You can be charged with driving under the influence no matter how much you’ve had to drink. While you’re considered legally impaired when your blood alcohol content (BAC) is 0.08% or higher, under Hawaii law, you can be charged with DUI even when you are under the legal limit, if your ability to drive is impaired. Alcohol remains in your system for hours, and as long as you have any measurable amount of alcohol in your system, you can be charged as a drunk driver.
The easiest way not to get charged with a DUI is not to drink and drive, to call a taxi or have a designated driver. But this is common sense, and you’re probably looking for the inside scoop on how to get out of a DUI charge.
The truth is, there is no secret tip that is going to save you from being arrested or prosecuted for driving under the influence, and no sane person would ever encourage you to drink and drive. However, there are ways to decrease the likelihood of being stopped and charged with a drunk-driving violation.
– Make sure your vehicle is free of defects and in good working order. Check your headlights, taillights, brake lights, high-beams, and turn signals. Inspection and registration stickers need to be current and legible. Your license plates also need to be properly attached and readable. Darkly tinted windows, loud exhaust pipes, cracked windows, and unrepaired body damage are also excuses to pull you over.
– Follow traffic laws. Wear your seat belt, go under the speed limit, drive carefully within your lane, use your signal lights, and come to a complete stop at stop signs and red lights.
– Be especially careful driving out of bar parking lots. It may seem unfair for police officers to wait outside of bars and target drivers who are leaving, but it is legal (and common) for them to do so.
– Stay focused on driving. As always, you shouldn’t text and need to use a hands-free device such as a bluetooth headset if you’re going to talk on the phone. When you’ve been drinking, it is safer not to multitask by having a conversation or fiddling with your radio. You may be able to do other things while driving when you are sober, but drinking slows your reaction time and you really don’t want to give an officer any reason to think you are distracted and intoxicated.
– Keep necessary documents such as your driver’s license, registration, and insurance card in a readily accessible location. You don’t want to be caught fumbling around for these items, or worse, not being able to find them.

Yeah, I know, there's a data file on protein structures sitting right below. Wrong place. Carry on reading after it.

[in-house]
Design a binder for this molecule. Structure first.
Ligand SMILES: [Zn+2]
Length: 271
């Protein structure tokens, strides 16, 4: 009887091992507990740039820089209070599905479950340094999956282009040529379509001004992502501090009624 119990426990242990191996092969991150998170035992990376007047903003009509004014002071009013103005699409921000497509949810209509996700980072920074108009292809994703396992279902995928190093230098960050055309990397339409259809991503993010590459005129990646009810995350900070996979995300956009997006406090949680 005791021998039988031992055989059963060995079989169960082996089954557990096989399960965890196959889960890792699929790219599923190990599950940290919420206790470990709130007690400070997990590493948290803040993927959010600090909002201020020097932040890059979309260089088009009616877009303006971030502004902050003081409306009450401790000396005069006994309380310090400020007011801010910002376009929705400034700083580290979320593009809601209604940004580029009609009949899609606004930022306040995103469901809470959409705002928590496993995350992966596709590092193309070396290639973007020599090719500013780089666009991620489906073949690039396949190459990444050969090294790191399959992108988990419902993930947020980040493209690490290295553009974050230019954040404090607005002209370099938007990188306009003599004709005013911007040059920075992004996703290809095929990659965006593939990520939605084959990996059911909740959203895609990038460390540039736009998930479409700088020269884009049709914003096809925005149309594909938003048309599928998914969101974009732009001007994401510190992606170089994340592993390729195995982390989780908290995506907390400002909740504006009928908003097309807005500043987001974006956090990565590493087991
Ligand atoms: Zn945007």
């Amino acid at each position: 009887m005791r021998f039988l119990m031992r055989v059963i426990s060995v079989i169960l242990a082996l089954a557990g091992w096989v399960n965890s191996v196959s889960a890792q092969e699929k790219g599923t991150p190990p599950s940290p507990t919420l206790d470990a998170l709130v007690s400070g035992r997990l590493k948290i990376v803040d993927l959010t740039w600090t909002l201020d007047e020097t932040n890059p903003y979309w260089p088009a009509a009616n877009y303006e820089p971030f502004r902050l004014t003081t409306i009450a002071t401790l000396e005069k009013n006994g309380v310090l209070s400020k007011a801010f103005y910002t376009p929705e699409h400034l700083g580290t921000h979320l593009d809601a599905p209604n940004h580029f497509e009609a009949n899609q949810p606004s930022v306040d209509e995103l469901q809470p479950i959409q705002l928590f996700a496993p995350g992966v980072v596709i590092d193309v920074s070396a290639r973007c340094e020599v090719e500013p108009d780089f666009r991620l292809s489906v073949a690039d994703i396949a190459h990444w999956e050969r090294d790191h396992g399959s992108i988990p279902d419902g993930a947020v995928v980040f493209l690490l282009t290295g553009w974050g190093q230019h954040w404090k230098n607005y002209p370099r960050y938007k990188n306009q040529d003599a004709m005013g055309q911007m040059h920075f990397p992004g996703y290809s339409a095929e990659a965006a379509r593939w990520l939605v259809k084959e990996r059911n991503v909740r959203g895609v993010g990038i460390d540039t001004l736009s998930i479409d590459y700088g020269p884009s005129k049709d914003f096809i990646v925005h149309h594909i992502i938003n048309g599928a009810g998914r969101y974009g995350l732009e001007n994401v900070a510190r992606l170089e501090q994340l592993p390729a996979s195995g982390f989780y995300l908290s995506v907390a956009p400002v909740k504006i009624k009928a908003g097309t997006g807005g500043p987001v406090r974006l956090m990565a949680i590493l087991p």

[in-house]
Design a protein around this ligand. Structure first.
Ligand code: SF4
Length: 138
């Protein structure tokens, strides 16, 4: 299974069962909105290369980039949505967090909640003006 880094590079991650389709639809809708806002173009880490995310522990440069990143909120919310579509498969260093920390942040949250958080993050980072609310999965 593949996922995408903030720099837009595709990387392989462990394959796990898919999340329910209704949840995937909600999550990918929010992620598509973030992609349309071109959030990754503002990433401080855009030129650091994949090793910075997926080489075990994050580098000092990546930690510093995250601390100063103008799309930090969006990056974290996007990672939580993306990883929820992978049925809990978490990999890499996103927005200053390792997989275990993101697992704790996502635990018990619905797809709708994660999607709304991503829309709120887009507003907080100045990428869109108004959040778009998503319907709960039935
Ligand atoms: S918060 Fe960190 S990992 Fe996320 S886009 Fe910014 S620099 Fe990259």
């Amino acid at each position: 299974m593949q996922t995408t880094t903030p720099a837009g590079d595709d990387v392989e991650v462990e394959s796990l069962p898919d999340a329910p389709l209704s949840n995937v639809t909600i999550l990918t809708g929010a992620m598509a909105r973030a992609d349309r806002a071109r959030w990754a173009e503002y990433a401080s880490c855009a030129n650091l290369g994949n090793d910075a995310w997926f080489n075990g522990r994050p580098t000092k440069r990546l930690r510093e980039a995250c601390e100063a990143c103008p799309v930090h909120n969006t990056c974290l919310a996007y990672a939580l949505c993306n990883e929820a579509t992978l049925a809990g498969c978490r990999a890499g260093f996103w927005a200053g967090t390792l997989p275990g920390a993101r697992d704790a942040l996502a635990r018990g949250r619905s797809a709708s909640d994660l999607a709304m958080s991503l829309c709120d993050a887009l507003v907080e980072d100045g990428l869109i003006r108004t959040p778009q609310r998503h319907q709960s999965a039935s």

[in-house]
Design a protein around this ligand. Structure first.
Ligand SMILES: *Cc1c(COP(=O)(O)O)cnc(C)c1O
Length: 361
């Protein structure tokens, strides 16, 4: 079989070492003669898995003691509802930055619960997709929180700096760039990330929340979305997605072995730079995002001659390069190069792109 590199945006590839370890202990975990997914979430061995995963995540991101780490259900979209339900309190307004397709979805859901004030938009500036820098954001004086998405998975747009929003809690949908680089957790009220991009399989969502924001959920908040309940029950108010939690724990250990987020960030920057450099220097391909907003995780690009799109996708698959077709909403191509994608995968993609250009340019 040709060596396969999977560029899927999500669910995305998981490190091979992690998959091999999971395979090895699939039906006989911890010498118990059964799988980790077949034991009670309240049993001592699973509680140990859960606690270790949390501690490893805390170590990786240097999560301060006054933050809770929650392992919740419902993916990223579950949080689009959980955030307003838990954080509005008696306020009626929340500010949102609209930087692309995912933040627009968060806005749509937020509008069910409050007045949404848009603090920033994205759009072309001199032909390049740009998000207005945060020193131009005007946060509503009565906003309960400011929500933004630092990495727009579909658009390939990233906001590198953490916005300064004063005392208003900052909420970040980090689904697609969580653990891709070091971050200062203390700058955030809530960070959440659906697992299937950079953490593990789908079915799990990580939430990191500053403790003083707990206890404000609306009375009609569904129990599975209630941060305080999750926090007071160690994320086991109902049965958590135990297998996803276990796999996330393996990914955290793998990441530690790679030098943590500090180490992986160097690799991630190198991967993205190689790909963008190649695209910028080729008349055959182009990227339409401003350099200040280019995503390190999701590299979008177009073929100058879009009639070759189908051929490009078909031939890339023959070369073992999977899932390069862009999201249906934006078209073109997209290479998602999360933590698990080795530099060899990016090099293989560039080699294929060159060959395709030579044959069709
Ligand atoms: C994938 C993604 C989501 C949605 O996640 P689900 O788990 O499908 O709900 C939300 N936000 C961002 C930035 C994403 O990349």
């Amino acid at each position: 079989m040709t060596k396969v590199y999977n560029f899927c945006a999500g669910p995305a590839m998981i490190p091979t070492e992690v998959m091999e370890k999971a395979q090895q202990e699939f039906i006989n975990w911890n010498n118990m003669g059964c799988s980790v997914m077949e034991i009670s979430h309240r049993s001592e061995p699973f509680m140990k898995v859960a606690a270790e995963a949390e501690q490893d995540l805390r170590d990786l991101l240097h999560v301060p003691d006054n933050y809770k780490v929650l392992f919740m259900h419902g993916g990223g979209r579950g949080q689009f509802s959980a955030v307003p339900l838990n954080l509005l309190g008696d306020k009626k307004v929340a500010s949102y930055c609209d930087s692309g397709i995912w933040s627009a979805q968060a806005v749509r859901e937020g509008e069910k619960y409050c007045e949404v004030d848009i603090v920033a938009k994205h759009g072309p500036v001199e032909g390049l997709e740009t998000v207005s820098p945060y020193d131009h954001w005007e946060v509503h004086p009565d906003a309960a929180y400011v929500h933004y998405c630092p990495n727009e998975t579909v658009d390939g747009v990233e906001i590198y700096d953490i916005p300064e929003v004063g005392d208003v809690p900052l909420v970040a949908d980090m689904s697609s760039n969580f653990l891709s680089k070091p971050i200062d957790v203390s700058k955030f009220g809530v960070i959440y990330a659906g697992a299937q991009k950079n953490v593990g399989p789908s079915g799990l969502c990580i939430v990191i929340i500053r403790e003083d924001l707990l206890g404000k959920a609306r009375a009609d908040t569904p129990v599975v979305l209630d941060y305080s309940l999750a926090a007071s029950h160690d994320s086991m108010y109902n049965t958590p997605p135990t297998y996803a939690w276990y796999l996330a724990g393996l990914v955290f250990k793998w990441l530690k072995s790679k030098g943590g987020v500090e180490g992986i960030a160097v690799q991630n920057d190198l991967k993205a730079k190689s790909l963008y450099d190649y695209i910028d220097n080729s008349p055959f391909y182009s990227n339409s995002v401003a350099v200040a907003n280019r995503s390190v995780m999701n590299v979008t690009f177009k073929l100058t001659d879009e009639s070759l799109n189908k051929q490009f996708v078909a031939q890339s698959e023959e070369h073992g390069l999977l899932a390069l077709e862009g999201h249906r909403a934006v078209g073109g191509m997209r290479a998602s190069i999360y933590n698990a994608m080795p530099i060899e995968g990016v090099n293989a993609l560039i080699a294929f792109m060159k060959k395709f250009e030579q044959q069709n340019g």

– If blue lights go on behind you, find a safe place to pull over, on the right side of the road whenever possible. Next, turn on your overhead light and place both your hands on the steering wheel where the police officer can see them. This makes him more comfortable about his safety and shows a sense of control on your part.
– Be polite, but do not answer any questions. Beyond providing your driver’s license, vehicle registration, and proof of insurance, you are under no obligation to provide any other information.
This cannot be emphasized enough. The officer may try to act friendly or intimidate you into answering questions, but any admission will be used against you. “I decline to answer” or “I have nothing to say” are good responses.
– The officer can ask you to step out of your vehicle to perform Standardized Field Sobriety Tests (SFSTs) to prove you are capable of driving. Decline. Few ever pass these roadside sobriety tests, even when sober, and they are only used to give the officer justification to require you to take a chemical test to determine your BAC.
– If arrested, do not talk to the officer on the way to jail unless required, and again don’t answer any questions about where you were, what you doing, how much you had to drink, etc.
– If you are cited or booked for DUI, stay calm. Contact an experienced DUI attorney as soon as you can, ideally within 24-48 hours after your arrest. Although you may feel like the facts of your case make you look guilty, a DUI attorney will examine the events, looking for details that may have violated your rights or errors made by law enforcement officers that may ultimately help you get your charges reduced or your case dismissed.
You never know what kind of case you may have. Schedule a free consultation with Maui defense attorney David A. Sereno by calling 808-242-5710 to see how we can help!